The Joker ranks as one of the most recognizable villains in pop culture thanks to numerous versions in comic books, television, film and video games. Many actors have tried their hand at this role from Jack Nicholson’s flamboyant turn in 1989’s Batman to Heath Ledger’s Oscar-winning performance in 2008’s The Dark Knight. In most cases, actors focus on the manic energy of the transformed character and not the man behind the greasepaint. Joker takes a completely different look at this villain with an approach that largely avoids the greater DC Universe around him to focus on his part of that world. Similarly, Logan turned out to be one of the best X-Men films because it almost completely cut the clawed character out of the expected comic book movie and built a compelling drama around him. Joker details the mental decline of a social pariah who eventually develops a new identity to cope with his pain.
Writer/director Todd Phillips made a sharp left turn with Joker to leave comedies like The Hangover (and sequels), Road Trip and Old School behind and jump feet first into heavy drama. For most directors, this would be a fatal error, but for Phillips, it works. He introduces a gritty Gotham City of the late ‘70s or early ‘80s that reminds you of New York City in that same era. Professional clown for hire Arthur Fleck (Joaquin Phoenix) looks after his sickly mother (Frances Conroy), and they both delight in watching the nightly talk show that stars Murray Franklin (Robert De Niro). Very much a loser in life, Fleck defines the difference between a shlemiel and a shlemazel with him as the latter. If his status wasn’t enough of a burden, Fleck also has a condition that causes him to laugh and cry uncontrollably at the most inopportune times. After getting jumped by kids who severely beat him up at the beginning of the film, Fleck begins a downward spiral that leads to violence and crime.
Make no mistake about it; Joker centers on Phoenix’s excellent performance. Always a bit quirky and unusual, Phoenix has a long list of roles that includes his turn in 2010’s I’m Still Here that also led to the then-bearded star appear on talk shows in this other version of himself as an extension of the project. Phoenix takes that kind of commitment to physical extremes as Fleck. Akin to the weight loss by Christian Bale — curiously playing Batman later on in life — for The Machinist, Phoenix is all skin and bones and defines the outline of his rib cage in one scene while stretching on a couch. Fans of Iron Maiden will note that his physique reminds them of the band’s mascot Eddie, which really calls to mind the villain Scarecrow rather than Joker. Phoenix goes beyond the physical and excessive smoking to deliver a portrait of a broken man with his awkward nature, weird dancing and an unsettling laugh that’s both annoying and funny. When he says that “all I have are negative thoughts,” you believe him while you also feel sorry for him.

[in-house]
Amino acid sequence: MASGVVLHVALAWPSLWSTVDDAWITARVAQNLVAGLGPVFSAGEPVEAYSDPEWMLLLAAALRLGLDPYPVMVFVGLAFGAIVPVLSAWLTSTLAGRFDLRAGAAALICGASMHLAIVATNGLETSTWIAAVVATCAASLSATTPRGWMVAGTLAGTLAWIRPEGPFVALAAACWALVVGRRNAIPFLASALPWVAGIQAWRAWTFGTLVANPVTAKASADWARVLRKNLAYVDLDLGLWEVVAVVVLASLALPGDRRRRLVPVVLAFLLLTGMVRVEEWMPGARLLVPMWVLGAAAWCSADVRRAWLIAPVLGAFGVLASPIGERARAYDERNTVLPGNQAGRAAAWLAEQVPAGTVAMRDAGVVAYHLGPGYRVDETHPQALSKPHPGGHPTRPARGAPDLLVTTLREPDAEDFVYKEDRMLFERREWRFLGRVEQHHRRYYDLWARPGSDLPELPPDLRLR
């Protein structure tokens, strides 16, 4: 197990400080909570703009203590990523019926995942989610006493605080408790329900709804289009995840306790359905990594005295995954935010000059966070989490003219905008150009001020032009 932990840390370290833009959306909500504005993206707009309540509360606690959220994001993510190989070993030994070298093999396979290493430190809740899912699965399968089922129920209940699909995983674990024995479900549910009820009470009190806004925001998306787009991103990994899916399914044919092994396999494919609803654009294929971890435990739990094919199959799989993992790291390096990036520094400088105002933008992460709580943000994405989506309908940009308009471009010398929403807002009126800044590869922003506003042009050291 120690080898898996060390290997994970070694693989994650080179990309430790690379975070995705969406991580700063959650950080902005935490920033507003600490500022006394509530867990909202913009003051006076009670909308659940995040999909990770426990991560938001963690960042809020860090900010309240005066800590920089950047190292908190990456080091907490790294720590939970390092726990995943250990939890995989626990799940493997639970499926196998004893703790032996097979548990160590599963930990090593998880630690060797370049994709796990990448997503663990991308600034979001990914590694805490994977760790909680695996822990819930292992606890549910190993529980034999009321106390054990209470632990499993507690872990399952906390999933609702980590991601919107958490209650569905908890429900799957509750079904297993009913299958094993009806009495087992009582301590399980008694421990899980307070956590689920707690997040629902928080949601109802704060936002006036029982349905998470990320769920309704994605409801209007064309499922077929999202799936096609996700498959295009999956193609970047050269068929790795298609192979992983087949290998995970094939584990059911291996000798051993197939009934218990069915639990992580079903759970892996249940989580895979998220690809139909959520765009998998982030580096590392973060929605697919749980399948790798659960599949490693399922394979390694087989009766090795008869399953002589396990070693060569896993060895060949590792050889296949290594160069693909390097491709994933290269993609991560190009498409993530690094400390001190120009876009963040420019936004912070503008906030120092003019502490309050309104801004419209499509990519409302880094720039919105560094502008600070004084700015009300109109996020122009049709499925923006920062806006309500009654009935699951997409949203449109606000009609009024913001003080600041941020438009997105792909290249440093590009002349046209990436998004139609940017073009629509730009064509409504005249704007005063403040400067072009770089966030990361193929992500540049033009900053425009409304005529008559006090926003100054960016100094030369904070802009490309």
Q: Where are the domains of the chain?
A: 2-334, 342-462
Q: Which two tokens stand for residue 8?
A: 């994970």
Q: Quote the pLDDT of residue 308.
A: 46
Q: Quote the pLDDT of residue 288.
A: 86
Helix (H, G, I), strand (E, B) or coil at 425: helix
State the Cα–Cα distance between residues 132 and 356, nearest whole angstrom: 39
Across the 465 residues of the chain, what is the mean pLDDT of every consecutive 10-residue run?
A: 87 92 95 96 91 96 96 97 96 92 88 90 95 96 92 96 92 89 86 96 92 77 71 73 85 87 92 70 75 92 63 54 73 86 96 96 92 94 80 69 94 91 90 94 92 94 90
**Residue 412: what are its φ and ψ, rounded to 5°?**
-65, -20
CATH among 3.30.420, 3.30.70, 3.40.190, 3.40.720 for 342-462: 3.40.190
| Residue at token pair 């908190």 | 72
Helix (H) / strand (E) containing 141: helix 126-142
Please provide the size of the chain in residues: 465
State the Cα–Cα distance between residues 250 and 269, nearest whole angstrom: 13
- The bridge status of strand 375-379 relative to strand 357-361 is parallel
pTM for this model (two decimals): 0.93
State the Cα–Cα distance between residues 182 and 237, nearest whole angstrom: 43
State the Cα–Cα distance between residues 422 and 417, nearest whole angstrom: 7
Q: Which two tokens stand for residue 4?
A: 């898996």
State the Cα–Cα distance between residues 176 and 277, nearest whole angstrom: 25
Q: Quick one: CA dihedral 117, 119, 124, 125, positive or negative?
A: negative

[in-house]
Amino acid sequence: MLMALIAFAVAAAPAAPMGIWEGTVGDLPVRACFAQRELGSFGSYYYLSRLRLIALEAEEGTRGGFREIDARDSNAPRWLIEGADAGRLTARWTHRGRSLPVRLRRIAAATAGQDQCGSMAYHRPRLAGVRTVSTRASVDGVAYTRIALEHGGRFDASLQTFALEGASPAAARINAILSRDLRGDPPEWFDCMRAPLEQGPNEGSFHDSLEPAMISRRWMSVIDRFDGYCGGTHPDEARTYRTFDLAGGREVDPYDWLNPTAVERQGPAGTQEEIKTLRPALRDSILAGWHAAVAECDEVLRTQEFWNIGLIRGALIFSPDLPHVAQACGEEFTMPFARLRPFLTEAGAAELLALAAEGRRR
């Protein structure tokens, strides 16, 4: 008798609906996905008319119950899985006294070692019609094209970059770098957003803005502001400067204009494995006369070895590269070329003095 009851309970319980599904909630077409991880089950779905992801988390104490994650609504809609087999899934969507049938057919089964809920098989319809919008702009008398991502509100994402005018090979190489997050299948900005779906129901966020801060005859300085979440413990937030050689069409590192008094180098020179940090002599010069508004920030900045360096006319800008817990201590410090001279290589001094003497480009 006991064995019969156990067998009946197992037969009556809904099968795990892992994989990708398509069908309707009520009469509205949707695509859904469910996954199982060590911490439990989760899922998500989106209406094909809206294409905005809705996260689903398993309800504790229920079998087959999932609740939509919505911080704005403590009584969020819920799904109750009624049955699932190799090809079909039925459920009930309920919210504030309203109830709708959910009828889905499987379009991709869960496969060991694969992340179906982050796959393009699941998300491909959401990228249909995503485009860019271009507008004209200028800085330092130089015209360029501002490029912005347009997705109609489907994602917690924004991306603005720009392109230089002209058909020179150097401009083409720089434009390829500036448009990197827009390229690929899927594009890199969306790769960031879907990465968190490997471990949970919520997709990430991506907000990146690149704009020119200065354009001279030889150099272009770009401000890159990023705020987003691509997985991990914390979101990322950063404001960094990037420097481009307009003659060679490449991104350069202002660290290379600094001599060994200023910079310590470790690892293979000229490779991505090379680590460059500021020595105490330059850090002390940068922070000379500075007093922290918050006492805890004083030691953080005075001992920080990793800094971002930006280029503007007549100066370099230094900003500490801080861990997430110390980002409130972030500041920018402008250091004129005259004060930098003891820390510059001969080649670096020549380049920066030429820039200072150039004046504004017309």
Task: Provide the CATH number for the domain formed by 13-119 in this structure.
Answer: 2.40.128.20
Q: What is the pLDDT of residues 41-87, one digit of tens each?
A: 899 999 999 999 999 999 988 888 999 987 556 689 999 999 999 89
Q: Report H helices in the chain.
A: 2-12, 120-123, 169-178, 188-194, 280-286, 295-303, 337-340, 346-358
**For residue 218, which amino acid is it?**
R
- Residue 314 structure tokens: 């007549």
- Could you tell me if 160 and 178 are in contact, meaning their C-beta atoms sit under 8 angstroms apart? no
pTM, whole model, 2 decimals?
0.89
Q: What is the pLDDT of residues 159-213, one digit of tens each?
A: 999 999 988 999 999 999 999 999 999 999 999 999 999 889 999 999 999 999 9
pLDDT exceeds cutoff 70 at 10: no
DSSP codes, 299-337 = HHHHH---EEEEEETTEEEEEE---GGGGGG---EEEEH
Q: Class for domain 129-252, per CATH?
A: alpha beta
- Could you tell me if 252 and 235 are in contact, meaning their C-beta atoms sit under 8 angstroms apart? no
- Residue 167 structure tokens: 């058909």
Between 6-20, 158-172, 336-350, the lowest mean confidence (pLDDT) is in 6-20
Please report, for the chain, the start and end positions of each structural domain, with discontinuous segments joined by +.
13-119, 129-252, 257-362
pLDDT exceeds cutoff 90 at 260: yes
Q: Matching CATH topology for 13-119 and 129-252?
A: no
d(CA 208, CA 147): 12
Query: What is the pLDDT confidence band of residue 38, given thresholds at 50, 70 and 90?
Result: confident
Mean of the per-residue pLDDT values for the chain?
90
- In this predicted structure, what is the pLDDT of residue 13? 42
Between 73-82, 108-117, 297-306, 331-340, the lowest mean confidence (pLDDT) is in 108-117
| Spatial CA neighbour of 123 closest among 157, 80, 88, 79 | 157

With the focus on Phoenix, other actors need to make the most of their screen time. Zazie Beetz does that best as Fleck’s neighbor and potential love interest Sophie Dumond, who radiates enough light and positivity to even rub off a bit on Fleck. I’ve loved Conroy’s work in various seasons of American Horror Story, so it was a welcome surprise to see her in Joker despite her small role. De Niro may get big billing elsewhere, but he’s a supporting actor in Joker. De Niro’s Franklin is an obvious homage to Johnny Carson, complete with the curtain of various colors, yet this character doesn’t offer anything different than De Niro has been doing for years with smirking and hamming it up. Franklin feels much like De Niro’s character from Meet the Parents if he hosted a talk show. It’s unintentionally funny when Franklin reminds Fleck that there’s “no cursing or off-color material” on his show while De Niro has been going around doing exactly that with no concern about getting bleeped.
Most people will see Joker expecting one thing and leaving feeling something else. There was great concern that moviegoers might get triggered by the violence in the film and the Gothamites who protest against the rich and government institutions. I don’t expect that just like people didn’t react to The Purge and its sequels. If you really want to compare Joker to any film, I’d pick the dark 1993 Michael Douglas movie Falling Down. In that story, Douglas plays an ordinary man who strikes back at those who wrong him when he just can’t take it anymore. Here, Fleck has the same character arc, but he’s an ordinary man with mental illness and a condition that’s probably a version of pseudobulbar affect.
Other than Ledger’s performance, most other Jokers didn’t leave me wanting more. Phoenix’s role compels Phillips or perhaps other filmmakers to bring him back. Will that happen? Who knows. Batman fans might be disappointed with Joker, yet there are still some nods to a potential future with the Wayne family’s presence in the story and an entrance by Bruce Wayne that brought a smile to my face. Phillips made the most of the real-world locations in New Jersey and New York City, and the Bronx steps that Fleck descends while dancing will likely become as iconic as the similar long steps of The Exorcist. Although there aren’t a lot of songs in Joker, they are all picked perfectly, including Jimmy Durante’s “Smile” and Gary Glitter’s “Rock and Roll Part 2.” Joker’s character study might make you rethink how comic book characters get translated to the big screen while you appreciate its intense drama.